Background Specific immunoglobulin E (sIgE) to Ara h 2 is described as a potential factor for diagnosing peanut allergy in children. However for the Dutch children, limited data are available. In this study the diagnostic value of sIgE to Ara h2 for children in a general non-university hospital is evaluated and compared with the existing data.
Methods Data from 137 peanut sensitised children were collected retrospectively. The primary outcome was peanut allergy or tolerance confirmed by food challenges. Different possible predictors, including sIgE to Ara h 2 (n = 52), were identified by multivariate backward stepwise logistic regression analysis. All significant predictors were combined in a formula for prediction of peanut allergy. Different essential cut-off points were obtained by an ROC curve.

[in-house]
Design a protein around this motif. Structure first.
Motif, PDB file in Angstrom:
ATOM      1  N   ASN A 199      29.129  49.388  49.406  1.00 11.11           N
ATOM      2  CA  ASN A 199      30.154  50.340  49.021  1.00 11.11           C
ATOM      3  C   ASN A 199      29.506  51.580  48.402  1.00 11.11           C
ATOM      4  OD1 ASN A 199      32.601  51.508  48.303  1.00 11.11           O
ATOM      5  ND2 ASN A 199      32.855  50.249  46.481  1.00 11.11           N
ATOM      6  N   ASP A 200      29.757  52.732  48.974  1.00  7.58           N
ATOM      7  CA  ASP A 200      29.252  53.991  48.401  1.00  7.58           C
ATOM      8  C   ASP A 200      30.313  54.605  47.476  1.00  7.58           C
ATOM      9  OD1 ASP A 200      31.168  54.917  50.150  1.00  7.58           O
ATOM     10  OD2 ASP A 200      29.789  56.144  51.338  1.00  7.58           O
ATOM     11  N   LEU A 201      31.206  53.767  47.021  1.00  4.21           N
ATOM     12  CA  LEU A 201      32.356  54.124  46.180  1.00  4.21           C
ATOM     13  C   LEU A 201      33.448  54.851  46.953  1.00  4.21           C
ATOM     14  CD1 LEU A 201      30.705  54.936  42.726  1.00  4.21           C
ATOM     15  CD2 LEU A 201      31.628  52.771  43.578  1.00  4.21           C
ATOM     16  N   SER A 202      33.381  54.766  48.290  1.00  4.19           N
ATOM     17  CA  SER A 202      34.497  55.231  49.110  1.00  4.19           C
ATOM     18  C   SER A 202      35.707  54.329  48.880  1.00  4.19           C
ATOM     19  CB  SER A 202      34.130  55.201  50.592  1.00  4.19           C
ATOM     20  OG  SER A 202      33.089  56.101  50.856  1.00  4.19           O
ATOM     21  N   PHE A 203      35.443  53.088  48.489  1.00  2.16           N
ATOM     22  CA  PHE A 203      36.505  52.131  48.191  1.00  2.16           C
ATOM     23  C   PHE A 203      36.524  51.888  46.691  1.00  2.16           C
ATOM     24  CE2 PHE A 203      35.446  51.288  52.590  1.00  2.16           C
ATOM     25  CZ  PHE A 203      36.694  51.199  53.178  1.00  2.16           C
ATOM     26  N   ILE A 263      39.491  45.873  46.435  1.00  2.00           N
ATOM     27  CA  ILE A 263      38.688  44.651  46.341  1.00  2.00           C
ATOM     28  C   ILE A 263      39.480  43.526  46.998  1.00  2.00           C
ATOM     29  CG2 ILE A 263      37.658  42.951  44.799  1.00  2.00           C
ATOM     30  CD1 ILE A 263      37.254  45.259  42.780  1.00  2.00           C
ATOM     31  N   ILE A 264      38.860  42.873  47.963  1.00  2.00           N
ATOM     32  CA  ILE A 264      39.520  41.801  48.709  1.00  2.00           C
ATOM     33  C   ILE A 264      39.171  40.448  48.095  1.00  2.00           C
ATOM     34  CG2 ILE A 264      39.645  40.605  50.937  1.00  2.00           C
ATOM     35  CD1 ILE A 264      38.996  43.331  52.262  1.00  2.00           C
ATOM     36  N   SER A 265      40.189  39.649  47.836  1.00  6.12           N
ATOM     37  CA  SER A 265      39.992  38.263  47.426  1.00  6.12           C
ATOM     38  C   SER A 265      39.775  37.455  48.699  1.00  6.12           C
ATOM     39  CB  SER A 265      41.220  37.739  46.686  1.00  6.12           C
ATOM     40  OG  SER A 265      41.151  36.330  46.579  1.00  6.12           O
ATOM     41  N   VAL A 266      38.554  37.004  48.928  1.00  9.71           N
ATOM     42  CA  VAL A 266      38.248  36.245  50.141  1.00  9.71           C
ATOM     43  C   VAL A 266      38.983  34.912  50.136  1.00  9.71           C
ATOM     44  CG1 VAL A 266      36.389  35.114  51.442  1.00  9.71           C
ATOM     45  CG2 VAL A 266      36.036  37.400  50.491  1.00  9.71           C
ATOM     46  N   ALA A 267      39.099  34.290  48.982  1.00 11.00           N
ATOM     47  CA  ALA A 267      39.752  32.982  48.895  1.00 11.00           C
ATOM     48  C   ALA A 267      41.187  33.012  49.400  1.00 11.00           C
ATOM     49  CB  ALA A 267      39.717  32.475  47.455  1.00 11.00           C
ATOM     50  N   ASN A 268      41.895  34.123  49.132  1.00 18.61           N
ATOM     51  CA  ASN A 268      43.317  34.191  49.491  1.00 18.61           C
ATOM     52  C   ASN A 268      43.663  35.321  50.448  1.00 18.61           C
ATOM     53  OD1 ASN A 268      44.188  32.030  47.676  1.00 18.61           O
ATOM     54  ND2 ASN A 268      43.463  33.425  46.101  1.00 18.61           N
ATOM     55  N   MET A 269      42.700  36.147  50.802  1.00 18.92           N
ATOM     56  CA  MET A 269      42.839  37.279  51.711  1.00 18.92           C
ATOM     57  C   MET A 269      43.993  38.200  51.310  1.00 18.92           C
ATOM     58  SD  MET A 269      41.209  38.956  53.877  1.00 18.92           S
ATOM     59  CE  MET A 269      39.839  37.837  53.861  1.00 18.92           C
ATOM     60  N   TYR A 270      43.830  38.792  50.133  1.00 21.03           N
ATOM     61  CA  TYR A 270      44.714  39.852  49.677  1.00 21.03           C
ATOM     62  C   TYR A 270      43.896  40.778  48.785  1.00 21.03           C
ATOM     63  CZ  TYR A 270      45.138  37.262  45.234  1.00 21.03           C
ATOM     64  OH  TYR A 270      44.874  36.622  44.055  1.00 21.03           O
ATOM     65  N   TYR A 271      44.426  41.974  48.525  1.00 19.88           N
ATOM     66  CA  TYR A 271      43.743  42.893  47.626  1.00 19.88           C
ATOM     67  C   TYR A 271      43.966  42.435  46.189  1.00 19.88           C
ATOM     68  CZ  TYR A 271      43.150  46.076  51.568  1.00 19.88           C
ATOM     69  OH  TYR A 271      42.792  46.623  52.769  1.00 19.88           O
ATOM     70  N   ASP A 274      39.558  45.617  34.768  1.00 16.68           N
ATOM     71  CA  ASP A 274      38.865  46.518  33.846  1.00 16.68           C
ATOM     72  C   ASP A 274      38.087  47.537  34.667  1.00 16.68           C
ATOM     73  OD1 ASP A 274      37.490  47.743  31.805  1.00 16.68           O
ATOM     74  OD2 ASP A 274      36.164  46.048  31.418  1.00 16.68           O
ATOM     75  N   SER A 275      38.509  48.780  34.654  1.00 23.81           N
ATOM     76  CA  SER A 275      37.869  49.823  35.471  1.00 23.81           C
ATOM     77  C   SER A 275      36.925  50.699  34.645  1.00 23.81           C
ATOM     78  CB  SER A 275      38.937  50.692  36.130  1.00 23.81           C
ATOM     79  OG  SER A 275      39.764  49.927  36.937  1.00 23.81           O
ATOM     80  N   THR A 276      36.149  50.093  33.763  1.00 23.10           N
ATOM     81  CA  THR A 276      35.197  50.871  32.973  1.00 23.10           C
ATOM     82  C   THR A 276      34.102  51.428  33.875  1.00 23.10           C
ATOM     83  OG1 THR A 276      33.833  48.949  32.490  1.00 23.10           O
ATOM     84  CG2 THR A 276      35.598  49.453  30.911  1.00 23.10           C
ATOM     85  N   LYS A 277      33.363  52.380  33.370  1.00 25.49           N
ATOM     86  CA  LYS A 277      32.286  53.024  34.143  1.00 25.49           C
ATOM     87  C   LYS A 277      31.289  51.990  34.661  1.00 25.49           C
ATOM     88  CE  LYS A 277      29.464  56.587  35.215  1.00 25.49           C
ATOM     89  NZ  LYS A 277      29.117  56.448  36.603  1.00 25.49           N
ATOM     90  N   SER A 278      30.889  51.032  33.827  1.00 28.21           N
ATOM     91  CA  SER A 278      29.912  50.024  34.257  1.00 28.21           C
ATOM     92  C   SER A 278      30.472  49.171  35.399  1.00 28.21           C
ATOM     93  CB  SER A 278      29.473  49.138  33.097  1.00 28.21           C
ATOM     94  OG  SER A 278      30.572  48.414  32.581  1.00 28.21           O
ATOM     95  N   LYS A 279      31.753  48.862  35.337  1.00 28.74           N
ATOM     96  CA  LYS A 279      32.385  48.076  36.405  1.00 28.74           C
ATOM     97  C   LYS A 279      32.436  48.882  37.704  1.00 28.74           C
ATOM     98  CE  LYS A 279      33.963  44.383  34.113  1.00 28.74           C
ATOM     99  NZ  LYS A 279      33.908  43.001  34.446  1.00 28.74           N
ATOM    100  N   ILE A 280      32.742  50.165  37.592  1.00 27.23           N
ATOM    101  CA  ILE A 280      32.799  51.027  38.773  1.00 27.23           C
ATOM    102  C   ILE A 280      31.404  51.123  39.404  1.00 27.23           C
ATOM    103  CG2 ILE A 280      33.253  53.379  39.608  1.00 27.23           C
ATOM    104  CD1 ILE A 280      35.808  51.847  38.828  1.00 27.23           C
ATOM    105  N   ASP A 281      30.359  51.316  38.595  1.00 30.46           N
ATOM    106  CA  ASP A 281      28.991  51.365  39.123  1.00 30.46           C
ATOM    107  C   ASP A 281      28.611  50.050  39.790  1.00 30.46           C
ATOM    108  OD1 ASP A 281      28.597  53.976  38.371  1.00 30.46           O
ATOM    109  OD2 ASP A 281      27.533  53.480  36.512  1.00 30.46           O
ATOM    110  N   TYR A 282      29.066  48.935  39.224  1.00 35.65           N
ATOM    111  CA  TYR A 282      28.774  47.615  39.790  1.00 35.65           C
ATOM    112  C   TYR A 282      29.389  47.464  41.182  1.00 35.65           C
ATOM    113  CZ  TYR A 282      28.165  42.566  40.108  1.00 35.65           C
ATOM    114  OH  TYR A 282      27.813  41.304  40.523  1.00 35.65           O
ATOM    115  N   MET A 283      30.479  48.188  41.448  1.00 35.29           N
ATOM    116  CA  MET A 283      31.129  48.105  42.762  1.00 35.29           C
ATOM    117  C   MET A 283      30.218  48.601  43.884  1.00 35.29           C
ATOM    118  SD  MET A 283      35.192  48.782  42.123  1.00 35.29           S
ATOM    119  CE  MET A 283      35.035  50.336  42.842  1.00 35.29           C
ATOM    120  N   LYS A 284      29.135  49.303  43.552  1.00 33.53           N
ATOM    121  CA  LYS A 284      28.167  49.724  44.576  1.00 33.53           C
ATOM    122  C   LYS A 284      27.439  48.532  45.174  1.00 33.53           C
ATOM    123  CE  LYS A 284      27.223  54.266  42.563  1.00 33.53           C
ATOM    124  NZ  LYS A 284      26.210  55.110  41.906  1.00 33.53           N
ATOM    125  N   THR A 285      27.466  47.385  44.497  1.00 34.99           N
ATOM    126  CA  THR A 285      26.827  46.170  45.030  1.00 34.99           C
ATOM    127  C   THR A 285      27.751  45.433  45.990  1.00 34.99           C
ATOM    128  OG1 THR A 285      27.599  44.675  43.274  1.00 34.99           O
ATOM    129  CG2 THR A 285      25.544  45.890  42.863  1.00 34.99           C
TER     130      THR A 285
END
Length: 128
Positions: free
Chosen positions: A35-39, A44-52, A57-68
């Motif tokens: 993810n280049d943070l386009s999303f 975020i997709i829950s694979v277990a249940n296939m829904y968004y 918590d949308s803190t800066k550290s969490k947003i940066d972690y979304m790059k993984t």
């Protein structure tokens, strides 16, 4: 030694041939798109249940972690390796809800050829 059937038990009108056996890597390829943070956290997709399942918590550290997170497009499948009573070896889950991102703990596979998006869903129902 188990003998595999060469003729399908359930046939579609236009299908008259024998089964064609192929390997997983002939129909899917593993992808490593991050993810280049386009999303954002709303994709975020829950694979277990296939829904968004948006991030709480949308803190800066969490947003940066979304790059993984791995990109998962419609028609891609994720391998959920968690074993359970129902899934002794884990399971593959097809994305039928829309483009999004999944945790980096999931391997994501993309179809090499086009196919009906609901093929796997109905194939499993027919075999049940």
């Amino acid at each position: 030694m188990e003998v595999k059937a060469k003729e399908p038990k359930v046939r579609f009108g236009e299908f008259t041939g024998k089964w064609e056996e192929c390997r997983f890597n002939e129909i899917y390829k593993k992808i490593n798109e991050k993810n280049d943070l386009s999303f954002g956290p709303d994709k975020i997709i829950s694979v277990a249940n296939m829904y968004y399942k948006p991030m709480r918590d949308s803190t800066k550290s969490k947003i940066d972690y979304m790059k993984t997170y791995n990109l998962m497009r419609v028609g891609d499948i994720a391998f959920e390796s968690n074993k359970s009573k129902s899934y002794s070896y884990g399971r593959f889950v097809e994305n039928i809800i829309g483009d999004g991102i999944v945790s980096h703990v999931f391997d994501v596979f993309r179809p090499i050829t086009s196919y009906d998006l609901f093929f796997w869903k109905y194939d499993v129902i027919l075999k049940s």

Results Multivariate analysis resulted in sIgE to Ara h 2 as only predictor for peanut allergy, with a discriminative ability of 0.87 (95% CI, 0.77–0.97). Sensitivity and specificity values of respectively 55% and 95% were found at a sIgE to Ara h 2 cut-off value of 4.25 kU/L. Hundred percent specificity was reached at a cut-off point of 5.61 kU/L. The mean (SD) sIgE to Ara h 2 level for allergic children was 21.49 kU/L (SD 30.65) compared to 1.07 kU/L (1.56) for tolerant children (p = 0.001).
Conclusions Specific IgE to Ara h 2 is the best predictor for peanut allergy in sensitised children in a non-university hospital, comparable to previously published data. These results are a step forward to a generalisation to the Dutch children population.